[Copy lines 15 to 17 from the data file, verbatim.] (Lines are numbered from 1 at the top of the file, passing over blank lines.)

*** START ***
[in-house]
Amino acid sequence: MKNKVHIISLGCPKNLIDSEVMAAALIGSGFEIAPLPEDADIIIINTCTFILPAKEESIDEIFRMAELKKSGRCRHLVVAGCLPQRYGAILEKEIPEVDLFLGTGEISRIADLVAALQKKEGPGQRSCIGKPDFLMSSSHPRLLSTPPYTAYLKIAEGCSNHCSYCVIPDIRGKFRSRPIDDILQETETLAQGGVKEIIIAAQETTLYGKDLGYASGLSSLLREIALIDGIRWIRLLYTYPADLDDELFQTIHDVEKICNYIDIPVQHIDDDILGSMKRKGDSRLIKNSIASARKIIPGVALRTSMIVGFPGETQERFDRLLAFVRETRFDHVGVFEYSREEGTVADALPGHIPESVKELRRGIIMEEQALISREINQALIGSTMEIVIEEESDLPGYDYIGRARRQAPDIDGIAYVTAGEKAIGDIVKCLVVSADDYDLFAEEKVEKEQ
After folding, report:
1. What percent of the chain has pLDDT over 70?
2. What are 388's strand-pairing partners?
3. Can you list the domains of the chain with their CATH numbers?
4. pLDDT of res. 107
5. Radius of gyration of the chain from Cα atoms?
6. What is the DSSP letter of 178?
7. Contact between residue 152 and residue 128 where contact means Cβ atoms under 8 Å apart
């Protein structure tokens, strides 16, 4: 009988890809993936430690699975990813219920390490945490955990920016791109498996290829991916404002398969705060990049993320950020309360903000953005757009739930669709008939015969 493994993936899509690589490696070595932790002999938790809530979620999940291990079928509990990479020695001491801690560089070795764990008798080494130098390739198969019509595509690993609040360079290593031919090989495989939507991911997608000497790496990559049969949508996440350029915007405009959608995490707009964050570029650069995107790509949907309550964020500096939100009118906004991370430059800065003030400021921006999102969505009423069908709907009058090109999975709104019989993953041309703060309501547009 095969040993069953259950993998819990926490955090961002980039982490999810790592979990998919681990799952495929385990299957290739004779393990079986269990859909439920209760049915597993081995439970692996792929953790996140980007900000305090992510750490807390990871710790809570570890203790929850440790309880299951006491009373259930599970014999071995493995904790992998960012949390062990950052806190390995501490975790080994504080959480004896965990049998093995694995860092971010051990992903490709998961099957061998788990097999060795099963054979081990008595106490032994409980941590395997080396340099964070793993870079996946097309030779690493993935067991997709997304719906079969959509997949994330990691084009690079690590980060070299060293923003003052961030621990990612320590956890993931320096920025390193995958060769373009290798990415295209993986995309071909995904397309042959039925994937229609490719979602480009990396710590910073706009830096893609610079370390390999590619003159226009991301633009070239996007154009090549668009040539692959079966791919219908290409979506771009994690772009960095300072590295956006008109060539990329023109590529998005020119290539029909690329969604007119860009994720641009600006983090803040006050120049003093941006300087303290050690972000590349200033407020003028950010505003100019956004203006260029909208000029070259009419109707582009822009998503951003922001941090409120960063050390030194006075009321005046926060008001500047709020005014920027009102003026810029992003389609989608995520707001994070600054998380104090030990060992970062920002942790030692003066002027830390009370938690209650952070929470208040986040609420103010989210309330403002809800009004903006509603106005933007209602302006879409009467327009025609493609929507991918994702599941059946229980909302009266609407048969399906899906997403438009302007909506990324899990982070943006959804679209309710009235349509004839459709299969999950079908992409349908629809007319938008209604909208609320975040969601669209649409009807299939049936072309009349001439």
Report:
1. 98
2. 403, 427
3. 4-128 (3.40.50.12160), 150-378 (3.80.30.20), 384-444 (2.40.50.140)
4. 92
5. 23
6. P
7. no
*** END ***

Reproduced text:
3. 4-128 (3.40.50.12160), 150-378 (3.80.30.20), 384-444 (2.40.50.140)
4. 92
5. 23